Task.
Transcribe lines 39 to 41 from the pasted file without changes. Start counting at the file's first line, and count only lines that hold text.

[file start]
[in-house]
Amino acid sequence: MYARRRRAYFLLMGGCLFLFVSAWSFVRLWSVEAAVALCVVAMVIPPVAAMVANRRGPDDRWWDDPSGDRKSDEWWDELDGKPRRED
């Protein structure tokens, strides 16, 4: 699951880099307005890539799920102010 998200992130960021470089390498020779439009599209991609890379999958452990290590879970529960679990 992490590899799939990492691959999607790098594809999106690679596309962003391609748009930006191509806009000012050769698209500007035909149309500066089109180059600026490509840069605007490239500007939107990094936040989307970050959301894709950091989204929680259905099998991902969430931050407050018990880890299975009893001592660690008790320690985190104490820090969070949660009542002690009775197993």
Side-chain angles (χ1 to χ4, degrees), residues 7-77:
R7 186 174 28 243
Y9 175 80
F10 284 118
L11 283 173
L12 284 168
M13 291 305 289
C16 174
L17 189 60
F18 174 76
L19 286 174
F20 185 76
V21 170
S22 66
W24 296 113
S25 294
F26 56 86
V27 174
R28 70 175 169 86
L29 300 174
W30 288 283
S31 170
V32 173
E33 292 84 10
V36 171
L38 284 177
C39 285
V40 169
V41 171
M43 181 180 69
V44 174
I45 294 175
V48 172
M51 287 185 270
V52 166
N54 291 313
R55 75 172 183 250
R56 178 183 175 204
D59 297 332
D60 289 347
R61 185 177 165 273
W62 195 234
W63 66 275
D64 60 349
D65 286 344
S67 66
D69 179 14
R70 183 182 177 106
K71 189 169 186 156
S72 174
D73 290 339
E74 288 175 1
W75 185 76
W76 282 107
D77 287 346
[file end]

N54 291 313
R55 75 172 183 250
R56 178 183 175 204